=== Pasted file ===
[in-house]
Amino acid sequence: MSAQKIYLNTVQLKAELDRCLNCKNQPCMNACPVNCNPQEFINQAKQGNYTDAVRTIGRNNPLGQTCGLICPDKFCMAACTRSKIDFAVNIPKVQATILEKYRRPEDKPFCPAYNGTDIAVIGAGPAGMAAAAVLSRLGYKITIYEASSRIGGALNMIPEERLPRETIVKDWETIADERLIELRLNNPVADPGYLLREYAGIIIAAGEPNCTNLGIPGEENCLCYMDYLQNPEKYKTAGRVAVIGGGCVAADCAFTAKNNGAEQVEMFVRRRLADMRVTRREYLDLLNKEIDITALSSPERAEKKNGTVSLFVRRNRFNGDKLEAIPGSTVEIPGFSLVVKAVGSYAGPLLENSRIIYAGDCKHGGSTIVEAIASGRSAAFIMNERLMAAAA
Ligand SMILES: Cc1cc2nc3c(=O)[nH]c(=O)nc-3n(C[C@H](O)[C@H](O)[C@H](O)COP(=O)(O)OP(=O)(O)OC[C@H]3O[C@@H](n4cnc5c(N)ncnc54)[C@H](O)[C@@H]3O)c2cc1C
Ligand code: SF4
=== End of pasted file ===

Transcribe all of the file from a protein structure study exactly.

[in-house]
Amino acid sequence: MSAQKIYLNTVQLKAELDRCLNCKNQPCMNACPVNCNPQEFINQAKQGNYTDAVRTIGRNNPLGQTCGLICPDKFCMAACTRSKIDFAVNIPKVQATILEKYRRPEDKPFCPAYNGTDIAVIGAGPAGMAAAAVLSRLGYKITIYEASSRIGGALNMIPEERLPRETIVKDWETIADERLIELRLNNPVADPGYLLREYAGIIIAAGEPNCTNLGIPGEENCLCYMDYLQNPEKYKTAGRVAVIGGGCVAADCAFTAKNNGAEQVEMFVRRRLADMRVTRREYLDLLNKEIDITALSSPERAEKKNGTVSLFVRRNRFNGDKLEAIPGSTVEIPGFSLVVKAVGSYAGPLLENSRIIYAGDCKHGGSTIVEAIASGRSAAFIMNERLMAAAA
Ligand SMILES: Cc1cc2nc3c(=O)[nH]c(=O)nc-3n(C[C@H](O)[C@H](O)[C@H](O)COP(=O)(O)OP(=O)(O)OC[C@H]3O[C@@H](n4cnc5c(N)ncnc54)[C@H](O)[C@@H]3O)c2cc1C
Ligand code: SF4